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Whistleblower Rebekah Jones sues Florida over search warrant

Rebekah Jones, who was fired in May for insubordination after repeatedly violating department policy about communicating with the media, helped create the state’s coronavirus dashboard. She contends that she was fired for not falsifying data.

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A former Florida Department of Health employee sued the state on Monday over a search warrant executed on her house after investigators said they identified a message sent from a computer at the address to health department employees.

Rebekah Jones, who was fired in May for insubordination after repeatedly violating department policy about communicating with the media, helped create the state’s coronavirus dashboard. She contends that she was fired for not falsifying data.

The Florida Department of Law Enforcement served the search warrant earlier this month. Jones posted a 31-second video of officers entering her home, and the department later released more than 20 minutes of bodycam video that shows she refused to respond to phone calls and knocks on her door.

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The message that led to the search warrant implored employees still at the Health Department “to speak up before another 17,000 people are dead. You know this is wrong. You don’t have to be a part of this. Be a hero.”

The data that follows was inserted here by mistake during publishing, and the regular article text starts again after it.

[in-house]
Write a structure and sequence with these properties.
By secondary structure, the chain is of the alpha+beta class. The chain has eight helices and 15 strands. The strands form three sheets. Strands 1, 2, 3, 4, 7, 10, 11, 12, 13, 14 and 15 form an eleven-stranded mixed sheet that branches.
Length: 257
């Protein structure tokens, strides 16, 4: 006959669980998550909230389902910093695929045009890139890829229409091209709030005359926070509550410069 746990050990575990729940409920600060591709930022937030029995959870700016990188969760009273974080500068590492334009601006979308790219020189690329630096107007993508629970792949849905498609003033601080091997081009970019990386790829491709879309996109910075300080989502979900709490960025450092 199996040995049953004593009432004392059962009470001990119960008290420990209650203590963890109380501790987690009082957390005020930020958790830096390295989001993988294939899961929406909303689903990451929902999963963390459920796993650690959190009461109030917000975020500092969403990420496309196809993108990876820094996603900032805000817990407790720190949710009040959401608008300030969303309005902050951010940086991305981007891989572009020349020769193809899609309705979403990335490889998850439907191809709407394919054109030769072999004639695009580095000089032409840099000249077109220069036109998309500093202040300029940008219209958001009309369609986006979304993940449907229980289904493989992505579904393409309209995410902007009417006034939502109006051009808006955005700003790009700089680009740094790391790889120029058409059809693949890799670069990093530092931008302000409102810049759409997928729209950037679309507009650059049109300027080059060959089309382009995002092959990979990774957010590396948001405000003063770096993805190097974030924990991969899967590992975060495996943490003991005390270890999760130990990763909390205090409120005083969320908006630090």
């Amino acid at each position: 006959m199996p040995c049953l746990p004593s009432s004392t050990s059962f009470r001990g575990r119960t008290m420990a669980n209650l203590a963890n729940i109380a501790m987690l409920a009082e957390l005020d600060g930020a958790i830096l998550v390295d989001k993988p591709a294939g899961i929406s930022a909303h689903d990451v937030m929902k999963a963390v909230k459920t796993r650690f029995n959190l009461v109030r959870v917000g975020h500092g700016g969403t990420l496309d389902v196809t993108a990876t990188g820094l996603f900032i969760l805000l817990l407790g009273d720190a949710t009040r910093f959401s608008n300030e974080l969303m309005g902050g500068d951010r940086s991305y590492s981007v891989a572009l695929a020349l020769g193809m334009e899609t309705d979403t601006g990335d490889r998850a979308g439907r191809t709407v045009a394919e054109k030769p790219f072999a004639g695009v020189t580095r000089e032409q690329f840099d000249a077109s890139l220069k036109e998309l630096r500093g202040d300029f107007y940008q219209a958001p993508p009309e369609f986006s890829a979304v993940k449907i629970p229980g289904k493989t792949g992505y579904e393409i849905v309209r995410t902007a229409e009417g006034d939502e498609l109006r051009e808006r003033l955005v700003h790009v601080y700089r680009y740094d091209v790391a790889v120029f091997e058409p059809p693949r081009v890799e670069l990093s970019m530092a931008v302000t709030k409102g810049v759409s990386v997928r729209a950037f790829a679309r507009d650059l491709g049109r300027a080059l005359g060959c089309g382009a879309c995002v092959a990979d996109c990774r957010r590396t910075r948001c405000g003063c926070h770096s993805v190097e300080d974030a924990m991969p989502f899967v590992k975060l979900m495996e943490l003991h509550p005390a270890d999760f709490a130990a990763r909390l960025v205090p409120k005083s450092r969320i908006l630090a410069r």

Jones has had several run-ins with law enforcement over personal issues but has gained international attention by disputing Florida’s COVID-19 statistics. She was paid almost $48,000 a year as a Department of Health employee, but since May has raised nearly $260,000 on a GoFundMe account after criticizing Republican Gov. Ron DeSantis.

“Plaintiff’s firing captured a great deal of media attention nationally and in Florida, much of it negative toward Governor Ron DeSantis,” the lawsuit says. “Governor DeSantis openly denounced the Plaintiff in the most vitriolic and vituperative manner in the furor following her firing.”

It says the search of her home was a “sham.”

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The commissioner of the Florida Department of Law Enforcement, Rick Swearingen, said he was “proud of the professional” shown by his agents as they executed a legal search warrant at the home.

“Our criminal investigation continues, and while I have not seen this lawsuit, I believe the facts will come out in court,” the commissioner added in an email sent to reporters.

No charges have been filed in the investigation.

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Whistleblower Rebekah Jones sues Florida over search warrant

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